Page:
“We are proving once again that decarbonisation does not mean de-industrialisation. It demonstrates how the transition to a low emissions economy can not only be good for the climate, but also a win for minimising waste, retaining jobs, and improving New Zealand’s economic resilience,” Megan Woods said.

    “Melting scrap steel using electricity, instead of converting ironsands into steel using coal, will substantially reduce the emissions generated from NZ Steel’s current activities. It will also build a more circular, resilient economy. This will put New Zealand in a much better position to meet its climate target of net zero carbon by 2050,” James Shaw said.

    “This deal is estimated to contribute 5.3 percent of the emissions reductions needed under New Zealand’s second emissions budget (2026-2030), and 3.4 percent within the third emissions budget (2031-2035).

    With a little (ahem), NZSteel, taxpayers have made this the most subsidised single business we've ever had.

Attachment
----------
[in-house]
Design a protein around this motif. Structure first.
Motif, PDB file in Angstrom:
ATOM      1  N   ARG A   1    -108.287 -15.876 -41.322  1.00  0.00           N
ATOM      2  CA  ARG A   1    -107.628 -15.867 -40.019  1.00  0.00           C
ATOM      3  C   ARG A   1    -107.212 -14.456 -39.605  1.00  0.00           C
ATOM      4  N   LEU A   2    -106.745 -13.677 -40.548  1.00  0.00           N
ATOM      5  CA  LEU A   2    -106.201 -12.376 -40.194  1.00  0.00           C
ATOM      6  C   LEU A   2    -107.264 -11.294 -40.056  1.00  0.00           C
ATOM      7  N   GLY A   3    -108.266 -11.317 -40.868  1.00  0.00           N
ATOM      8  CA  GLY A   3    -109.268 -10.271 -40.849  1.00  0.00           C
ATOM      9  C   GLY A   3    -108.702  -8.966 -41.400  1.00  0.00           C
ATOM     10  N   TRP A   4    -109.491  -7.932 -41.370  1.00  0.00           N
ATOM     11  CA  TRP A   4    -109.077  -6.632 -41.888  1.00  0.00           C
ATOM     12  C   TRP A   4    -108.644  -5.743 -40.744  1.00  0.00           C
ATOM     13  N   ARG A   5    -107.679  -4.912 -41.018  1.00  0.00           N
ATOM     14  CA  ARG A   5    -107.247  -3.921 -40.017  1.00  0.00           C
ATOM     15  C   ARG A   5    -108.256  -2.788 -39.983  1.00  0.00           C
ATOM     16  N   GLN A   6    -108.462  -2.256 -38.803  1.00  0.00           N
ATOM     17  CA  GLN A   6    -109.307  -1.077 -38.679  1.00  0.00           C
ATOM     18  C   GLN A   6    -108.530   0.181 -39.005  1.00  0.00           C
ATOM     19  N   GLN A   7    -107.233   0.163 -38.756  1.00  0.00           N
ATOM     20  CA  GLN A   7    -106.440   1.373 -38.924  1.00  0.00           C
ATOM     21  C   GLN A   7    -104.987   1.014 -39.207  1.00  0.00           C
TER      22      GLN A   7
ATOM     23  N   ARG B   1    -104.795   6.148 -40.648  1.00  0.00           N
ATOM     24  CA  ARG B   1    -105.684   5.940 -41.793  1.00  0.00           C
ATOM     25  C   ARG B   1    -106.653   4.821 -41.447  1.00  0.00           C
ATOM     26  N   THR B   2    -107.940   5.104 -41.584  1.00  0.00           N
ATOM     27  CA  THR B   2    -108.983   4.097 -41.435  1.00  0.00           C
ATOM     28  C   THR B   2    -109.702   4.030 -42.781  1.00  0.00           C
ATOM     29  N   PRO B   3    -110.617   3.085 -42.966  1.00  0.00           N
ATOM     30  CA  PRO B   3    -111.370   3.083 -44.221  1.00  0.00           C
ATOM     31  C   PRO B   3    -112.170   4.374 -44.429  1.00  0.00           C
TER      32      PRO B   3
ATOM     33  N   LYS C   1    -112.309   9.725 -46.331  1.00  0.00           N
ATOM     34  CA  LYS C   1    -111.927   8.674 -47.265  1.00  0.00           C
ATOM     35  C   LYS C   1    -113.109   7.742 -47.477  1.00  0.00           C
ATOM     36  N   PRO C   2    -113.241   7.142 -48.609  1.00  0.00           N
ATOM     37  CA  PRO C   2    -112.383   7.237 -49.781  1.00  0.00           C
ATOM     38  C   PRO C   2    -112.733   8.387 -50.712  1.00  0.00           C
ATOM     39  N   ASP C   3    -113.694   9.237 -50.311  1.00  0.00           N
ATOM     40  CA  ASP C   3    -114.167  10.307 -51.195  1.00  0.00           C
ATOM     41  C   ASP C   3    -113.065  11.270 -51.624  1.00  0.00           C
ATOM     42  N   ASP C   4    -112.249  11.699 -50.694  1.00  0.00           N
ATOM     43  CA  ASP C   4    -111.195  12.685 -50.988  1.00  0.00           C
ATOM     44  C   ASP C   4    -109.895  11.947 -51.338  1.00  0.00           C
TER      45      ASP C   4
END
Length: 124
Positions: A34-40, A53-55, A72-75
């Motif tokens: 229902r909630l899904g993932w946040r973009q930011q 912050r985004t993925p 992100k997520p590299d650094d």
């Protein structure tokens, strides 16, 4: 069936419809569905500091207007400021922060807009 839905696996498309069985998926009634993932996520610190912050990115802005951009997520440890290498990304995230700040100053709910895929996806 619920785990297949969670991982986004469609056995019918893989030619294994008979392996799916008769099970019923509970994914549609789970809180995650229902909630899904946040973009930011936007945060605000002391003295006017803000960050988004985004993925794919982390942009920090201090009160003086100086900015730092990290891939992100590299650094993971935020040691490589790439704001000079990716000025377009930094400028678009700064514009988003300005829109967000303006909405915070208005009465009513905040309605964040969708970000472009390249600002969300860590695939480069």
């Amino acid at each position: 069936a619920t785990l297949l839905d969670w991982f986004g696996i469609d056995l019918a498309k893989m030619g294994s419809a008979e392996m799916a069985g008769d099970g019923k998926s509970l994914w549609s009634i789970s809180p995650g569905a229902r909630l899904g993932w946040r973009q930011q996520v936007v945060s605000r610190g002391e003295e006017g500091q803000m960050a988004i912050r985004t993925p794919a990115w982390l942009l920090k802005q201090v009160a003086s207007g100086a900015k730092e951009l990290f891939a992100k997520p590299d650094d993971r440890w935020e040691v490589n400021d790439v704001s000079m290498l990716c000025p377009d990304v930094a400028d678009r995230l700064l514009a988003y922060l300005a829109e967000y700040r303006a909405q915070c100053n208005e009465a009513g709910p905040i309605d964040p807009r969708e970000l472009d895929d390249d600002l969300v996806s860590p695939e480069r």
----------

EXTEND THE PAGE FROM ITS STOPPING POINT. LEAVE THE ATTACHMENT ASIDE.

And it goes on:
– Started by the New Zealand government in 1965

    – Supported by the Huntly Power Station, built by the New Zealand government

    – Vastly expanded by National's Muldoon government in the early 1980s

    – Expansion finished under the Labour's Lange government, for $3 billion

    – Sold by the state to Equiticorp in 1987, by the government, for $327 million. Government agreed to take the money in shares.

    – In the early 1990s the state has to give $198 million of that back to Equiticorp, because the deal was so shit

    – Equiticorp then went completely bust

    – In 2016 NZSteel sought protection from the government for Chinese steel-dumping practices here

    – And despite all that assistance it still nearly went bankrupt

    – And now it gets a further $140 million of taxpayer money, so that the government can start to make up for killing off its main carbon-reducing buiofuels subsidy that it decided to kill for no reason.

    Good on NZ Steel for getting the deal but holy hell how much more of my money do these guys really deserve?

    • RedLogix 5.1

      In 2016 NZSteel sought protection from the government for Chinese steel-dumping practices here.

      That has been a problem everywhere. Around that time I was working on a project that needed about 200 process skid frames – think a steel fabrication about 2m wide by 4m long, typically 250mm C-Section. Needs to be cut, drilled, welded, blasted and painted to an industrial spec. Nothing fancy or high tech – just regular stuff that makes up the bulk of all large projects.